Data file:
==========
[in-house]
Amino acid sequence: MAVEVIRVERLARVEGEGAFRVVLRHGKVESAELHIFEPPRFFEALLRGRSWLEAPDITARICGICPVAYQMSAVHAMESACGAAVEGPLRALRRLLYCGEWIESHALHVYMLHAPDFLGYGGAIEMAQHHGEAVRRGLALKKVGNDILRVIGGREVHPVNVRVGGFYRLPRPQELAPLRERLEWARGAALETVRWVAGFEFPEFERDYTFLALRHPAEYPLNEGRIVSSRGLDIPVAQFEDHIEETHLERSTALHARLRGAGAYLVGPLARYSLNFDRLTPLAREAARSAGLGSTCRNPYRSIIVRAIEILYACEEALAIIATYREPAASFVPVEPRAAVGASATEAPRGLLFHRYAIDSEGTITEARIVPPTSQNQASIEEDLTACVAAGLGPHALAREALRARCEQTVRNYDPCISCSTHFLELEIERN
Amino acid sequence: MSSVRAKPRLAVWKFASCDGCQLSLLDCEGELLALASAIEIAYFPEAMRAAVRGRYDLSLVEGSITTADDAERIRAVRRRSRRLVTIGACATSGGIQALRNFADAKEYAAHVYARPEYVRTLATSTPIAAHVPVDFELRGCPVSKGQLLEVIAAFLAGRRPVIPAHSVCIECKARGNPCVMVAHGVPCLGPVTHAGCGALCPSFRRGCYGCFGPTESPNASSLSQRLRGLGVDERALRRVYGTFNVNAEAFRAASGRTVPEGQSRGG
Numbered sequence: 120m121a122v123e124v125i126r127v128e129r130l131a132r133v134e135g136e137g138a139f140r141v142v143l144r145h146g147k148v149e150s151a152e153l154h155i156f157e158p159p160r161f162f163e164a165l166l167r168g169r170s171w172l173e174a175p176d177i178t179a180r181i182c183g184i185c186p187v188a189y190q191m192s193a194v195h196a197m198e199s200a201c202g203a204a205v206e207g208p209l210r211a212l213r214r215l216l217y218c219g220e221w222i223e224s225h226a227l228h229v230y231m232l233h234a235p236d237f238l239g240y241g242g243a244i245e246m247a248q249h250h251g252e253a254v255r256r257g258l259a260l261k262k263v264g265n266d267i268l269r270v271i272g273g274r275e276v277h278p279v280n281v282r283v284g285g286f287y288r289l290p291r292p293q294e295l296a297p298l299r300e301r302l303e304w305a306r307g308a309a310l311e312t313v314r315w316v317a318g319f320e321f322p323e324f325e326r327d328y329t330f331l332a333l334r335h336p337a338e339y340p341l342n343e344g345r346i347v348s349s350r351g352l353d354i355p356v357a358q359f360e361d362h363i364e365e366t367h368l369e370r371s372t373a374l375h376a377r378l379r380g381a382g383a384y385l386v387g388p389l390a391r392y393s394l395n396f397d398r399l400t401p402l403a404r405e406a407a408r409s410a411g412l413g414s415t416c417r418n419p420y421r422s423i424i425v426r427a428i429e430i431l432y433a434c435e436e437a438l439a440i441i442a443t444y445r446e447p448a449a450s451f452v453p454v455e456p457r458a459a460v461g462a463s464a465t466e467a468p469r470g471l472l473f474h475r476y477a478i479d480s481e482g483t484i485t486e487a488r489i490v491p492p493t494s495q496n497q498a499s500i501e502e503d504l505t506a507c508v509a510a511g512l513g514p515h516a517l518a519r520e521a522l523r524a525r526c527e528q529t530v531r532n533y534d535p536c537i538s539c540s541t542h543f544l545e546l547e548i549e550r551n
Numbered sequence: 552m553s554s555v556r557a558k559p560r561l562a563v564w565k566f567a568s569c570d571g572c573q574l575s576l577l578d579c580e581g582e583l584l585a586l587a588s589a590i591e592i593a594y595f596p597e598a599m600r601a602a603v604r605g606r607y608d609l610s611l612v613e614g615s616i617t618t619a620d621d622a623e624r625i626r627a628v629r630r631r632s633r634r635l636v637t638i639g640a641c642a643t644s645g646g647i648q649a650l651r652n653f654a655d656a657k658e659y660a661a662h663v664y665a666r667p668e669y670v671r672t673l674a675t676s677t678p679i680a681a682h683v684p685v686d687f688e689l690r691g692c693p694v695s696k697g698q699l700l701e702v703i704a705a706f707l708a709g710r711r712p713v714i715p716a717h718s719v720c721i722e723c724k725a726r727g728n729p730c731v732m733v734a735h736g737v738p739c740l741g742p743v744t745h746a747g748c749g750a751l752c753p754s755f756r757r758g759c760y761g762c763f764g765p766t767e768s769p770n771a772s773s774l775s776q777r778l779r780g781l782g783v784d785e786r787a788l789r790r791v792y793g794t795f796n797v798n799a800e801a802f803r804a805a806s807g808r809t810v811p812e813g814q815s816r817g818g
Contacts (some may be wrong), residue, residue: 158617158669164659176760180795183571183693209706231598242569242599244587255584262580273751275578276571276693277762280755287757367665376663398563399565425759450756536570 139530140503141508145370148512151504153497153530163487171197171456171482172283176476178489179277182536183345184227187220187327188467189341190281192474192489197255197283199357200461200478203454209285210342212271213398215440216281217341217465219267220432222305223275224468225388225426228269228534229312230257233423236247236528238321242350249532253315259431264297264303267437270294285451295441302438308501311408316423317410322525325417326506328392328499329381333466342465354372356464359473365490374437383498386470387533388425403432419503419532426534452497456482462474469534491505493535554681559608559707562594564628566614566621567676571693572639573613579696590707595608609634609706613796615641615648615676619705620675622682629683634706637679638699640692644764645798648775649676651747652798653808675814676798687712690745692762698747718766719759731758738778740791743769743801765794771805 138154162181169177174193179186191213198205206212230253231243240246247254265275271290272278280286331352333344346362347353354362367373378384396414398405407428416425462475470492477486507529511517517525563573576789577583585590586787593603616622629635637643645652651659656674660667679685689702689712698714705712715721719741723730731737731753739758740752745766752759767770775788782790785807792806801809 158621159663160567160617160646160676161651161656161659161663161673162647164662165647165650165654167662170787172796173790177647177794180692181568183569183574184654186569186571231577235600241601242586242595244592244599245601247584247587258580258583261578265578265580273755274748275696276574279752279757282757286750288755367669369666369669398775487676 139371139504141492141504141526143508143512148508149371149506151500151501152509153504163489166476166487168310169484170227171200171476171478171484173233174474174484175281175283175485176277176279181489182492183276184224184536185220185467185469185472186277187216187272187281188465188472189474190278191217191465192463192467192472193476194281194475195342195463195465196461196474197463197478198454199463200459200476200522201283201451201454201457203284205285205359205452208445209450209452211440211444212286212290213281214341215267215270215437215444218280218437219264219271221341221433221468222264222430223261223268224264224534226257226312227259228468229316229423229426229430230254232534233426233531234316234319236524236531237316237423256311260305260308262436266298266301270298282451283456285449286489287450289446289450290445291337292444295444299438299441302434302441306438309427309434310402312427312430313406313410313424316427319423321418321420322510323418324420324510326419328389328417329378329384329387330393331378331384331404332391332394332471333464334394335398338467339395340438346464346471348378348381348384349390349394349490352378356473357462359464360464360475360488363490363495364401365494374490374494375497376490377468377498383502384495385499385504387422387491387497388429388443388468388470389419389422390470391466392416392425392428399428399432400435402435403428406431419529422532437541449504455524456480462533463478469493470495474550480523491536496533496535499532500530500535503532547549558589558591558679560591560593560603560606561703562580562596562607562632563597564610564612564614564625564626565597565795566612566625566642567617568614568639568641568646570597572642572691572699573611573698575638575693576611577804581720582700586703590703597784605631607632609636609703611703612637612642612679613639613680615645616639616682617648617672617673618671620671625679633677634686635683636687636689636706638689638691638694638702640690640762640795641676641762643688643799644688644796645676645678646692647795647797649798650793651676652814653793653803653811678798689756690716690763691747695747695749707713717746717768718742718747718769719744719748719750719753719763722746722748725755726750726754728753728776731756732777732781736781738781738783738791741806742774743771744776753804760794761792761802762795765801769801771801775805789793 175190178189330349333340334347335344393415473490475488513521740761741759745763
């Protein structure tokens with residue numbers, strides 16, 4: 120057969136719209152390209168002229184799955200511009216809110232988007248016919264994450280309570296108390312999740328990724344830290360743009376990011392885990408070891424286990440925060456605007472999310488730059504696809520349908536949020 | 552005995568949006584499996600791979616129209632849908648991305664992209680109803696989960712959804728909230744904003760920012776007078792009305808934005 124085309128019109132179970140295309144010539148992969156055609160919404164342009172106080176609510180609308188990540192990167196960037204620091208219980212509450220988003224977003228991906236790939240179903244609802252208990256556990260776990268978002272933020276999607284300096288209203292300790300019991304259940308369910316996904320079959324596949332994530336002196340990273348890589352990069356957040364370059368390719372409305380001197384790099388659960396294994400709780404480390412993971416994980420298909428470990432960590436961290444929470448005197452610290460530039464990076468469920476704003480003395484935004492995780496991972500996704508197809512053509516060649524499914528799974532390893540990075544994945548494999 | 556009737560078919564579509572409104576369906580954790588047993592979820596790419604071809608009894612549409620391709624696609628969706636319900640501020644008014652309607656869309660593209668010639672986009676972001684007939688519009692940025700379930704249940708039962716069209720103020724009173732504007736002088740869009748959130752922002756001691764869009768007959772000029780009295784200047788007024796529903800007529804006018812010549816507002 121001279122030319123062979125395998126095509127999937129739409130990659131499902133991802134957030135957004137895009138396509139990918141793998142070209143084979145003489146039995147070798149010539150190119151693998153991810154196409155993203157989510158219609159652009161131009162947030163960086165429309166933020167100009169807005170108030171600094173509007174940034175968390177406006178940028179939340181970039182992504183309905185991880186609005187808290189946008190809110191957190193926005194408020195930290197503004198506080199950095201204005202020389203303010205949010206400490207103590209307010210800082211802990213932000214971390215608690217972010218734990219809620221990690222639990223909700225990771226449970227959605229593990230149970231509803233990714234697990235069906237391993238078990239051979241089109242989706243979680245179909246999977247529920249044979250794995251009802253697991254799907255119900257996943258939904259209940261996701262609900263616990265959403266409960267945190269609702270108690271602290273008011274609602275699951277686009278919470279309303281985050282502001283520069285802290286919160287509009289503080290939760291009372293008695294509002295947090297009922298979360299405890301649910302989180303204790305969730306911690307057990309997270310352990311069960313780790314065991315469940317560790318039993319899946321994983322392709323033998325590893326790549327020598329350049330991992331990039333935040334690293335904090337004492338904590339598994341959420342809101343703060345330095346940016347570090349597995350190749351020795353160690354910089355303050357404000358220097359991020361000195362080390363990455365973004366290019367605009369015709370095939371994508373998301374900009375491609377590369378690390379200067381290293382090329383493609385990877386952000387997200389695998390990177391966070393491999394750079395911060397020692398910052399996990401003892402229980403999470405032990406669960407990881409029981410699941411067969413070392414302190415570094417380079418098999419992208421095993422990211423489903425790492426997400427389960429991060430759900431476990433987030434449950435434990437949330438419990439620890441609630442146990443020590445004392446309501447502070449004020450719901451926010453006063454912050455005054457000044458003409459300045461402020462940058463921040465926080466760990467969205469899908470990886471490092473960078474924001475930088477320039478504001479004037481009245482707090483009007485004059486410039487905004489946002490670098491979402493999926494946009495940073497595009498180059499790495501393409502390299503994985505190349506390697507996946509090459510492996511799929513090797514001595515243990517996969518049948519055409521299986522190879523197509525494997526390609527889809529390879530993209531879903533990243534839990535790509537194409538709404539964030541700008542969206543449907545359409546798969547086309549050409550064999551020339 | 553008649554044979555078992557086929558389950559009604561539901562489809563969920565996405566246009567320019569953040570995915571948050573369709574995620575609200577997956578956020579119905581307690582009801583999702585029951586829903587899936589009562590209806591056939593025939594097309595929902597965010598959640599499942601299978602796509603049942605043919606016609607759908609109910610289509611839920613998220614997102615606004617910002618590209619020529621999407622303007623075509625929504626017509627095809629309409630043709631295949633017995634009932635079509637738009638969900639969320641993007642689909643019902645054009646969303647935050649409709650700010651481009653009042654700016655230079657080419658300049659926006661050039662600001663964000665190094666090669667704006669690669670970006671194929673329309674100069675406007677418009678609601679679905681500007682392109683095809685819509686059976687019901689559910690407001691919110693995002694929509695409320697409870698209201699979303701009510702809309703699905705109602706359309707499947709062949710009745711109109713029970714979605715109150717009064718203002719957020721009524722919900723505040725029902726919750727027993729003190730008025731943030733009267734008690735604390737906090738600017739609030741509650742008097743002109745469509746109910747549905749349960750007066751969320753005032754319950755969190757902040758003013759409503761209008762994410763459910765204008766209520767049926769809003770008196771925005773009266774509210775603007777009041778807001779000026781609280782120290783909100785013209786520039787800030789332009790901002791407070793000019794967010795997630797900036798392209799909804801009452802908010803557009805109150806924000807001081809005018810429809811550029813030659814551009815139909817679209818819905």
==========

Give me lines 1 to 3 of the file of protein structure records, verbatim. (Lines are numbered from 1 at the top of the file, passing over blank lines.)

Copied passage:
[in-house]
Amino acid sequence: MAVEVIRVERLARVEGEGAFRVVLRHGKVESAELHIFEPPRFFEALLRGRSWLEAPDITARICGICPVAYQMSAVHAMESACGAAVEGPLRALRRLLYCGEWIESHALHVYMLHAPDFLGYGGAIEMAQHHGEAVRRGLALKKVGNDILRVIGGREVHPVNVRVGGFYRLPRPQELAPLRERLEWARGAALETVRWVAGFEFPEFERDYTFLALRHPAEYPLNEGRIVSSRGLDIPVAQFEDHIEETHLERSTALHARLRGAGAYLVGPLARYSLNFDRLTPLAREAARSAGLGSTCRNPYRSIIVRAIEILYACEEALAIIATYREPAASFVPVEPRAAVGASATEAPRGLLFHRYAIDSEGTITEARIVPPTSQNQASIEEDLTACVAAGLGPHALAREALRARCEQTVRNYDPCISCSTHFLELEIERN
Amino acid sequence: MSSVRAKPRLAVWKFASCDGCQLSLLDCEGELLALASAIEIAYFPEAMRAAVRGRYDLSLVEGSITTADDAERIRAVRRRSRRLVTIGACATSGGIQALRNFADAKEYAAHVYARPEYVRTLATSTPIAAHVPVDFELRGCPVSKGQLLEVIAAFLAGRRPVIPAHSVCIECKARGNPCVMVAHGVPCLGPVTHAGCGALCPSFRRGCYGCFGPTESPNASSLSQRLRGLGVDERALRRVYGTFNVNAEAFRAASGRTVPEGQSRGG